Quote Originally Posted by Togo View Post
    In theory sure. In practice, noone here is capable of resolving all the interpersonal problems that crop up around this topic on these boards. To quote your own phrase back at you, you appear to be hoping that the problem will simply go away.
    I consider interpersonal problems, especially in gaming groups where I am friends with the people that I play with, to be much easier and more solvable than problems with game balance. In my experience, the former usually involves asking "Hey, would you mind not doing X? It's causing some problems in the game." At worst, it may involve banning someone from your gaming group or finding a new group. Based on your examples below, people who misunderstand the tier system and cause problems with their misunderstandings seem to be people who would cause problems regardless. Fixing game balance issues mechanically, however, requires a fairly deep understanding of the rules and how the game plays. Maybe I'm just an extraordinarily personable person (and I'm fairly certain that I'm not), but unless I need to leave the game group that I'm currently in, I would consider dealing with the group problems or problem players to be much easier than trying to mechanically balance a game as broken as 3.5.
    Quote Originally Posted by Togo View Post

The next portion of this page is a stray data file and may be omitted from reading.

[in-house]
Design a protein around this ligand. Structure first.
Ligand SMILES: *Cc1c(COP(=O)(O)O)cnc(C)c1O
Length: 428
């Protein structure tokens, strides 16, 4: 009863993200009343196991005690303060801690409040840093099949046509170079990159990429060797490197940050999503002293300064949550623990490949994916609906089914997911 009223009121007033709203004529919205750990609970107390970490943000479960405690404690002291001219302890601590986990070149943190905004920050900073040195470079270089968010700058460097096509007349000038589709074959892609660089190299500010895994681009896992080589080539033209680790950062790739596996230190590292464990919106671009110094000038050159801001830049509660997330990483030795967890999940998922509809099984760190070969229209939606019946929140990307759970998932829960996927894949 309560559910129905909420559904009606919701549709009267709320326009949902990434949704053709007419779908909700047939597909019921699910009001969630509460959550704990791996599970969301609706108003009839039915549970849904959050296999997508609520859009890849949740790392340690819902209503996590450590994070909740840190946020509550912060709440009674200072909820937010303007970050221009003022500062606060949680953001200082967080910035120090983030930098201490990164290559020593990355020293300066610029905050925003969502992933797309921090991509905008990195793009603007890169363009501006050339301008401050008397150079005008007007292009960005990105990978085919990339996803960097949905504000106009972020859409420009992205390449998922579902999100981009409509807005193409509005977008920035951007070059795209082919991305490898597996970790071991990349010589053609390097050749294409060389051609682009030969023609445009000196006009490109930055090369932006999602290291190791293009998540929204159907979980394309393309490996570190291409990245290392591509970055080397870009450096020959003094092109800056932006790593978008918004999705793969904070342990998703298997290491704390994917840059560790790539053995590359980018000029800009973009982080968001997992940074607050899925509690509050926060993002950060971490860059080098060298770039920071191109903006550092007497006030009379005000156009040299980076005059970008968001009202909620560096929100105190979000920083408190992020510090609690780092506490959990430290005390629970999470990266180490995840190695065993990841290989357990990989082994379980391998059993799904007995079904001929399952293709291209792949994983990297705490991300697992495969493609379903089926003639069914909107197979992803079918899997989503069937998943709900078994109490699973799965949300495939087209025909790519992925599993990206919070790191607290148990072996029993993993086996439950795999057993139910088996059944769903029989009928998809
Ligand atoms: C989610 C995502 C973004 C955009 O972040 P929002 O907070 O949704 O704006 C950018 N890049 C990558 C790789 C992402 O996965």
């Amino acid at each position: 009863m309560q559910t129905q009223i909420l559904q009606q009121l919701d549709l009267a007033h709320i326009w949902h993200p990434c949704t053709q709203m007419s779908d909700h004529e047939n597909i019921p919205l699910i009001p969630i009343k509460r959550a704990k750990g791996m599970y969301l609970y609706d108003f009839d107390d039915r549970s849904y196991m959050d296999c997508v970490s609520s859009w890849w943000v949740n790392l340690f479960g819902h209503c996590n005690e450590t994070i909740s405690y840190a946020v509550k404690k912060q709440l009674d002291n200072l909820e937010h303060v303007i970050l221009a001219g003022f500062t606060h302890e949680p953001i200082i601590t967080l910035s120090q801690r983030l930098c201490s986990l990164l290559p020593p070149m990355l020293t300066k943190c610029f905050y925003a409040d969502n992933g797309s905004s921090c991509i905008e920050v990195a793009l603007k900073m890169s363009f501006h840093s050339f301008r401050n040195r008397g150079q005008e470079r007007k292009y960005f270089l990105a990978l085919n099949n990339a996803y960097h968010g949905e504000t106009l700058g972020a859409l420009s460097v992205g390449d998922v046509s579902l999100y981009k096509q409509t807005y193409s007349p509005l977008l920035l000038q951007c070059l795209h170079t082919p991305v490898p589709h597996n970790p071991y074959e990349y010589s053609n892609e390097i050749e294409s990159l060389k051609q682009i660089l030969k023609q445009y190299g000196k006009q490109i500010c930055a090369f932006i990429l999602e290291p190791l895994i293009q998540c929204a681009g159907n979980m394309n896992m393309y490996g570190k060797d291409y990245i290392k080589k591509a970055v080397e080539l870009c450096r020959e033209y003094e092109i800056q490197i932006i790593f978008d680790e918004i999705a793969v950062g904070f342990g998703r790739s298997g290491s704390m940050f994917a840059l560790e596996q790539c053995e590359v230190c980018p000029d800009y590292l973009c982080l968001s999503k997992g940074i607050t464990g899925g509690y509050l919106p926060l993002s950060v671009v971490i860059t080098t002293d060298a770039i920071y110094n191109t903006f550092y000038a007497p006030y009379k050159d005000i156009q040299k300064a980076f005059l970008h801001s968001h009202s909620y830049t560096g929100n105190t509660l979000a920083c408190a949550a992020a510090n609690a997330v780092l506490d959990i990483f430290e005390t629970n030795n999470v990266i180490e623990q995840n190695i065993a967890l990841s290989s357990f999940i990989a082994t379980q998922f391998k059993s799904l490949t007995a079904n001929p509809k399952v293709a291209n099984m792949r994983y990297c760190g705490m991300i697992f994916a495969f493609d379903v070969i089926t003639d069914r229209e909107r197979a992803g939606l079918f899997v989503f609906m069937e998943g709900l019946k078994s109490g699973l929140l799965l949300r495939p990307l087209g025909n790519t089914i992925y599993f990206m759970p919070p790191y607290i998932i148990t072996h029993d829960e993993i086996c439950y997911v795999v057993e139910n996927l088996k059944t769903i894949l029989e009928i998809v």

*Snip*
    In order:
    1) That is a fault of the people running the game for being lazy, which has nothing to do with the tier system.
    2) I have never heard of anyone doing this this, but it shows a fundamental misunderstanding of the tier system and what it is meant to describe. In addition, it involves unreasonable houseruling, when the tier list is dependent on actually printed rules.
    3) Abandoning balance isn't a problem in an of itself, firstly, as long as people are enjoying the game. However, those class imbalances will be present whether or not you accept the tier system; the imbalance between a fighter and a cleric is a function of D&D's design.
    4) How is this any different from teasing a player for playing any class, regardless of tier? In my experience, people playing monks take a lot of crap because monks aren't a Western fantasy concept, but I don't blame that on the monk's design. I see no reason that the players who would tease another player because of his character's tier (especially regardless of his character's usefulness) wouldn't find something else to tease him about if they didn't know about the tier system. This is a player problem, not a problem with the tier system.
    5) Because of how the game works, wizards (and other tier 1 classes) tend to be extremely powerful. NPCs in-game ought to recognize and respect this. I honestly don't see a problem here, and I especially don't see why the tier system is the cause of this.
    6) The tier system does not advocate altering the game to nerf powerful characters and buff weak characters. Bad houseruling to neuter characters who exceed their DM's expectations has been a staple of tabletop gaming since its inception.